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Fixing New Orleans Streets: Is 9 Billion Bucks Really Necessary?

It’s common knowledge that our New Orleans streets are pretty much on par with streets in a lot of third world countries. Many of them are broken, uneven and full of potholes. I recently read in the paper our deputy mayor Cedric Grant claims that it would take 9 billion dollars to fix all the streets in the city.

And you can bet your boots some of that money will be wasted on government corruption, and let’s say that half of that goes into waste and incompetence because we all know that government is wasteful. Have you ever heard of ANY government program that was not?

Fixing New Orleans Streets: Is 9 Billion Bucks Really Necessary?


Denny Shaffer of WRNO inspects a tree growing out of a pothole in Pontchartrain Park.

OK, so then cutting 9 billion in half makes it come down to 4.5 billion dollars. If this were to be turned over to the private sector to get this done we could probably cut that down to maybe half that, to around 2 billion. And we all know some streets need it more than others.

Here’s an idea: How ’bout paving the streets correctly, how bout using another technology other than the one that’s been used over the years that does not work?

People want to blame it on our soil, on subsidence. OK, perhaps that has something to do with it. But why not blame it on plain incompetence and corruption?

I want you to look at this: If it is all could be blamed on subsidence then why don’t we see houses all tipping this way and that like our streets are. Our houses just sit on top of the soil. And they are pretty heavy, heavier than cars.

OK, yes, some of our homes do need to be shored up from time to time, one end sinking lower than another, but this sinkage is relatively minor. Have you ever seen a pot hole under your house? Or in your front yard?

About ten years ago they redid Burthe Street where I live. Took them a whole danged year to do it. They came in, dug up the street, put in pipes, did this and that. Then covered it over again with dirt, smoothed it out like they were going to pave it. But nope, a little later they came back and dug it up again and did something else, did this and that and then covered it over again with dirt. Then eventually they got around to paving it.

This took a year, the entire street of Burthe was unusable for an entire year. Was there a flurry of activity on the street day in and day out? No. It seemed like only a few people were working on the job at any one time. Some of these folks did a lot of standing around too.

Eventually the job was done and we had a nice clean smooth street. For a while. Now at certain places you can begin to see dips in the street that were not there a year ago. On Hampson Street two blocks over, they worked on it the same time as Burthe.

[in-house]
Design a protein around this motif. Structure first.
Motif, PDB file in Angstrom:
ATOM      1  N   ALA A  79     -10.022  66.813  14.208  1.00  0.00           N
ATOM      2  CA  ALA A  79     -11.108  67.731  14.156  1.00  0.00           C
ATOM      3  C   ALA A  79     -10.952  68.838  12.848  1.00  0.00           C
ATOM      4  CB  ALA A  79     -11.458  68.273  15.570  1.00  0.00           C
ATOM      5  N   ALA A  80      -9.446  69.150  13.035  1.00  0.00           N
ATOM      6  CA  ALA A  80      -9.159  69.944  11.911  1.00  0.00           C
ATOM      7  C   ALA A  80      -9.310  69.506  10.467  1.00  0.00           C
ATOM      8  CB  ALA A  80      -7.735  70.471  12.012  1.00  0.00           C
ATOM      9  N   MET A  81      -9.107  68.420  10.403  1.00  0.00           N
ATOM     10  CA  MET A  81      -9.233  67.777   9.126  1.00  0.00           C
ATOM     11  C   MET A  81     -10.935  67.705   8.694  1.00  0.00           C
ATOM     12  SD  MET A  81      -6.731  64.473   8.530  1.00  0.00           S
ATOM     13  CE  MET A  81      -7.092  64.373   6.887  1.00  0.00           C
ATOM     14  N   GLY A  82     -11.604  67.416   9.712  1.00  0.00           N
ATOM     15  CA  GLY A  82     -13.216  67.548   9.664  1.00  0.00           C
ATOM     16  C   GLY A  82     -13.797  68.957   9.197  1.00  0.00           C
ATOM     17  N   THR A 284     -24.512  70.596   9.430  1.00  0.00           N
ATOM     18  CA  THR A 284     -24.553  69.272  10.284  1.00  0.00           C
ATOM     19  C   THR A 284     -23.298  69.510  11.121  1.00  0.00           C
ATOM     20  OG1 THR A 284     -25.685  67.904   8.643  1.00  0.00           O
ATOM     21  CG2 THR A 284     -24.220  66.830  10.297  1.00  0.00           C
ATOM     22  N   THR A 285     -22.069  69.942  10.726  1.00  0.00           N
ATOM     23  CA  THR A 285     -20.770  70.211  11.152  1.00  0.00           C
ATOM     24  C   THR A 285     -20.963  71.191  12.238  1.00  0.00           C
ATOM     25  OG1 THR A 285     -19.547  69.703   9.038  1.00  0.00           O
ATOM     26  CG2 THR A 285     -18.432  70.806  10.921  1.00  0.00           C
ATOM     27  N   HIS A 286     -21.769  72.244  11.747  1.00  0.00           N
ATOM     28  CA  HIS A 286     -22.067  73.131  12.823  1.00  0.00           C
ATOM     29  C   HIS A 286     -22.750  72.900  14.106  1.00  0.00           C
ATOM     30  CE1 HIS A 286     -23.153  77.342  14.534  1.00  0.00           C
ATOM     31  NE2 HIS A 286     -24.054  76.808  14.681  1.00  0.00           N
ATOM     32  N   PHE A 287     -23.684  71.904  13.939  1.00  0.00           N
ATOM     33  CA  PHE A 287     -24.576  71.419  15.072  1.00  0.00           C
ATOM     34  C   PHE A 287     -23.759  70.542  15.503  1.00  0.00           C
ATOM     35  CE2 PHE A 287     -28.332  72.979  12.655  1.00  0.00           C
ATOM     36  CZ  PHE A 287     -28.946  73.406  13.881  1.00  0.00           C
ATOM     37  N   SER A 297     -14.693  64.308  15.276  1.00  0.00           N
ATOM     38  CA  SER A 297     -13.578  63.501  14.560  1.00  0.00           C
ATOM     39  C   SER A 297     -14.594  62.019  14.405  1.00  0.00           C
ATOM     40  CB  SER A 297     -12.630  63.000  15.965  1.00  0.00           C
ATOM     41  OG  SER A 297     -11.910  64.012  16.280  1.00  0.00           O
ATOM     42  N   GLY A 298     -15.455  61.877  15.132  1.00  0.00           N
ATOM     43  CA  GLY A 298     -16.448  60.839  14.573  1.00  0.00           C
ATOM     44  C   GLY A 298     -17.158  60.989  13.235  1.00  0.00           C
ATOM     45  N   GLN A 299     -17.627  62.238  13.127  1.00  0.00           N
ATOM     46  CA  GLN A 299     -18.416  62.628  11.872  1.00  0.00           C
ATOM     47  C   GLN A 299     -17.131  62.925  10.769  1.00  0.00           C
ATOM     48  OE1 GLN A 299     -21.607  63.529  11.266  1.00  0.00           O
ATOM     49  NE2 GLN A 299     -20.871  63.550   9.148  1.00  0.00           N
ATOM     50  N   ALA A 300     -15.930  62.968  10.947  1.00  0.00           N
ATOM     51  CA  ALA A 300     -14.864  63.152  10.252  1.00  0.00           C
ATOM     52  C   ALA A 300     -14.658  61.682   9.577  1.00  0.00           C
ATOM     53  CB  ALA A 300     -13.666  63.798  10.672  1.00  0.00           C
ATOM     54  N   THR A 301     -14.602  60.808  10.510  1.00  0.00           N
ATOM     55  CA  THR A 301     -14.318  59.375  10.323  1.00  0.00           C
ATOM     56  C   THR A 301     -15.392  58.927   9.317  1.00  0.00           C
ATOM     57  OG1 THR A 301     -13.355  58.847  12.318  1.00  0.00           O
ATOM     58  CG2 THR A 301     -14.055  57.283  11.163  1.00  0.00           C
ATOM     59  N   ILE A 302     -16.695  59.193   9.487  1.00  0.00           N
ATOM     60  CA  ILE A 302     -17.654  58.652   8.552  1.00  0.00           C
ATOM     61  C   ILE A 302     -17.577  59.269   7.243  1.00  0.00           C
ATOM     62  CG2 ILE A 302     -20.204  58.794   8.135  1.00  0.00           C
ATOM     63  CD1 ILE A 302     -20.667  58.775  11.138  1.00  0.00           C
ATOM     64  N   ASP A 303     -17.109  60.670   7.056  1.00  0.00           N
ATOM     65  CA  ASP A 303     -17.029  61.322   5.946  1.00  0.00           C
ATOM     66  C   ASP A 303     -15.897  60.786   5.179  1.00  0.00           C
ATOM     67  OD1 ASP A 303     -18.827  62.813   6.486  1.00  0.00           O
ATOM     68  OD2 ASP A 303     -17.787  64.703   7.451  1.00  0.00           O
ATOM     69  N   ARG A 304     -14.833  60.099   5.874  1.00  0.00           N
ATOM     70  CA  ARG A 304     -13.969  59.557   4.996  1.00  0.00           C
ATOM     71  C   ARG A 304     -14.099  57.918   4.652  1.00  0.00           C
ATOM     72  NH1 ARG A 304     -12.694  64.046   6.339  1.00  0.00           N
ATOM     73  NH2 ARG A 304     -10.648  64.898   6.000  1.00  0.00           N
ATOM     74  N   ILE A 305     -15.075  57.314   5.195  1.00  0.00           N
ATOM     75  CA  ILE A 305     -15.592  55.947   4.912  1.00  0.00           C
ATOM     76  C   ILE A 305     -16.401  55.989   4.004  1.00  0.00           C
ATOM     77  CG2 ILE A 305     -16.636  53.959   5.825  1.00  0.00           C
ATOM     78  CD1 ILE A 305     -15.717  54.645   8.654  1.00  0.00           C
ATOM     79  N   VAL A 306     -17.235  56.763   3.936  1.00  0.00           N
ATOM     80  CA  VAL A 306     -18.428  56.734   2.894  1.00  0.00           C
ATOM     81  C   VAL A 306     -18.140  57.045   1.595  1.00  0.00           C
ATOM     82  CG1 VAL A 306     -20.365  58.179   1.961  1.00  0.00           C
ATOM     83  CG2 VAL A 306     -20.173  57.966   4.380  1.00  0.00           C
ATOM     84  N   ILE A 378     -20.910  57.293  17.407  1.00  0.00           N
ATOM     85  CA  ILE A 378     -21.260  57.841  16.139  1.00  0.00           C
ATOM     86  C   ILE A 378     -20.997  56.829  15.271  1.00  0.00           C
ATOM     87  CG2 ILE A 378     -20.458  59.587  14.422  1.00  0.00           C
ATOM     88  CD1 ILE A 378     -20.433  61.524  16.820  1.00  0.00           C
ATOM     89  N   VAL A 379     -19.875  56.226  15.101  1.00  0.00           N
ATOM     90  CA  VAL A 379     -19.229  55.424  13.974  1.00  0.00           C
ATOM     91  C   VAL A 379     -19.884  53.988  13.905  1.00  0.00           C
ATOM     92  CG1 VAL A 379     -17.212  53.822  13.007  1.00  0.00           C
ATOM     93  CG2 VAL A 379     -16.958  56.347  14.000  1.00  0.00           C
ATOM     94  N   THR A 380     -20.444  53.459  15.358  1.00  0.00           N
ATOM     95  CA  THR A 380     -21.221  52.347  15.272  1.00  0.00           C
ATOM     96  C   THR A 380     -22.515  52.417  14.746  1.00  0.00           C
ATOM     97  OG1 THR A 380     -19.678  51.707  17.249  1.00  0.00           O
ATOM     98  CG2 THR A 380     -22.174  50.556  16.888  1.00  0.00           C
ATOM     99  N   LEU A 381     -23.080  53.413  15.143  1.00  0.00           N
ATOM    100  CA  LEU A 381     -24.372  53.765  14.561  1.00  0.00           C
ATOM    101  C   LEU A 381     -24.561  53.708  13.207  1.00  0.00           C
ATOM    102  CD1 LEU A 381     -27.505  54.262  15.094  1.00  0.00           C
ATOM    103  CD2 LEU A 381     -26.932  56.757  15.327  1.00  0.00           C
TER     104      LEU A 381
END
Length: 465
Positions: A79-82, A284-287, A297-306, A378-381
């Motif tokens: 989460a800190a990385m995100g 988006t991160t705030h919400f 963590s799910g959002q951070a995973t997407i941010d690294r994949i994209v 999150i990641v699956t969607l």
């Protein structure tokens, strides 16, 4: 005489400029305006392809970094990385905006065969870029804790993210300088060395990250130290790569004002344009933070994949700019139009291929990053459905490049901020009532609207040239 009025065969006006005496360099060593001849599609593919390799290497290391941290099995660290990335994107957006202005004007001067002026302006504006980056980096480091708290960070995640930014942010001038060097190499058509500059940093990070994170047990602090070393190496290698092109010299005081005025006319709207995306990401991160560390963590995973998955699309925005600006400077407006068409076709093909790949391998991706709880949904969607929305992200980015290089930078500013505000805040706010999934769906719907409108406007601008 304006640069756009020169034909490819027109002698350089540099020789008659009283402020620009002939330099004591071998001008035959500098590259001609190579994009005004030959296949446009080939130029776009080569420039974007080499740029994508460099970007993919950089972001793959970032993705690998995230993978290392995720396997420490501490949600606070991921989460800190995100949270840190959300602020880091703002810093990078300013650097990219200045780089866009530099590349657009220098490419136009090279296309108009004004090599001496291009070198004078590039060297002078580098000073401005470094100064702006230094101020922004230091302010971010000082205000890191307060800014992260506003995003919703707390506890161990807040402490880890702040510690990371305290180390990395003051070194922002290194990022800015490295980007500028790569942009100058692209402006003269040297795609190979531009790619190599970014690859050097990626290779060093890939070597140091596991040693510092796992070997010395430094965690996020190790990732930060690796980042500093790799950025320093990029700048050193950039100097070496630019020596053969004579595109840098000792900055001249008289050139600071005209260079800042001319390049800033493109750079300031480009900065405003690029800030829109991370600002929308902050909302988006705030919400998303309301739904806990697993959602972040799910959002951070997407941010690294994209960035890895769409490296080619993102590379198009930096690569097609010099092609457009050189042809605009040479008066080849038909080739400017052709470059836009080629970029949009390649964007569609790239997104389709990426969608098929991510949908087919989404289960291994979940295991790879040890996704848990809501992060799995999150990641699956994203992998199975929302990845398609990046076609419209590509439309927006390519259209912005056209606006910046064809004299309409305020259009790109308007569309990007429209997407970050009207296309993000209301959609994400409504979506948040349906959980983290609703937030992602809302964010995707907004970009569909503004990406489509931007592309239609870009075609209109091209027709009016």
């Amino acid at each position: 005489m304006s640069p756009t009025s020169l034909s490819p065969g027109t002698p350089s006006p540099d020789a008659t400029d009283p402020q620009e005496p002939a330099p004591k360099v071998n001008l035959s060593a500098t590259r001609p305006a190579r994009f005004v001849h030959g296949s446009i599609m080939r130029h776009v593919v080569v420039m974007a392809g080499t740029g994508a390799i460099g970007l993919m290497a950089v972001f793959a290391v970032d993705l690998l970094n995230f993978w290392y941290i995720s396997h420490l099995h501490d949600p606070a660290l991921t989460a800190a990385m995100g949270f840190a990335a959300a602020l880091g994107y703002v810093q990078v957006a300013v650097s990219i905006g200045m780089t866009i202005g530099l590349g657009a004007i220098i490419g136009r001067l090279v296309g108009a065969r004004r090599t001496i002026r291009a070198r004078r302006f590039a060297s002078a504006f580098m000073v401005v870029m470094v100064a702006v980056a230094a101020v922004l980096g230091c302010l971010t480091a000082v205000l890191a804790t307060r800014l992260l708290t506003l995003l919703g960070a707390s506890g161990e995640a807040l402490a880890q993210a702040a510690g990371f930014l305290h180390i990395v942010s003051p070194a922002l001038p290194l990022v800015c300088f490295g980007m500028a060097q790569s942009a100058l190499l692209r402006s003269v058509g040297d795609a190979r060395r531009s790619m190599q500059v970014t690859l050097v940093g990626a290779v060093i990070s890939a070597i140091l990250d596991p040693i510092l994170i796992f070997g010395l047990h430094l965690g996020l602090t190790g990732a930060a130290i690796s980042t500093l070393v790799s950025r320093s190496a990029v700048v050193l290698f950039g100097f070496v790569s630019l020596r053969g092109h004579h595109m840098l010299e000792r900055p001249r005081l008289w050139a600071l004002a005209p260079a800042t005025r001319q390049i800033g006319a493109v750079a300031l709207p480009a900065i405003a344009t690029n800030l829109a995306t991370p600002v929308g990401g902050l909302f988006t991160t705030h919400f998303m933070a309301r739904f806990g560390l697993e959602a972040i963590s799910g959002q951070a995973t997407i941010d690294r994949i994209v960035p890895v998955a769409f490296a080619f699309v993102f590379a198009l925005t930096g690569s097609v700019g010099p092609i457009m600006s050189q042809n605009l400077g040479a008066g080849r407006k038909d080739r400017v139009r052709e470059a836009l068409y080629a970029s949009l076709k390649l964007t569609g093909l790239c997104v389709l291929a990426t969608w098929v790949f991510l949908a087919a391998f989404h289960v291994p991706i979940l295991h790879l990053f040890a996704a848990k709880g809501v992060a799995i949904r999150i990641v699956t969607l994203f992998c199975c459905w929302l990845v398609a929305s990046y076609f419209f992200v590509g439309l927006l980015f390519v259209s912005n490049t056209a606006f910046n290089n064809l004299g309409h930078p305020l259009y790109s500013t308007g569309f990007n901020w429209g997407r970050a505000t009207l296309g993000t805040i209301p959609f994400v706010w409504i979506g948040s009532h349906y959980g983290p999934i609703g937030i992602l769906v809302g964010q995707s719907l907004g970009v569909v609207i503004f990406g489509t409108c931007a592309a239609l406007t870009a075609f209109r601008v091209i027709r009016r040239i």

Only a short while after it was done a huge pothole formed around a manhole cover in the middle of an intersection. Just a few months ago did they finally come and fix it. This after years and years of complaining about it to the city.

The city needs to develop a new technology of fixing our streets. We can’t use the same way of paving streets that they use on soil that is firm and not alluvial. This 9 billion dollars will not permanently fix these streets. It is only a stop gap, it is a never ending problem. And granted all streets eventually need to be repaved. We just would like streets that would last at least 30 or 40 years before that happened.

When I lived in Vancouver, Washington do you know how they fixed their streets? It was a pretty simple process. They would come down the street with a huge dump truck filled with an oily gravel and uniformly layer the street with it as it slowly moved along. That’s it. As cars passed it smoothed out the street all by itself.

Yes, it was kind of messy and you did have to be careful about wiping your feet off before walking in your house. Why don’t they do that here? There is no tearing up the streets making them impassable for months at a time. This operation takes hardly any time.

Now, I understand that some streets need to be torn up to put in new piping and things like that. But not all streets do. In fact, I would bet that most streets don’t. Perhaps not all streets could be fixed like that with the oily gravel, but I would bet that a good percentage could. And how much does that cost? It would seem hardly anything in comparison to the billions of dollars that someone in the government is estimating it should.

I’m no expert but 9 billion dollars to fix our streets seems a little much. 1 billion sounds more like it. But even that sounds ridiculous. Let’s just start there and make sure we have a lot of oversight and let’s try the oily gravel idea. Why not?

Posted in New Orleans Life, New Orleans Neighborhoods, New Orleans Videos.

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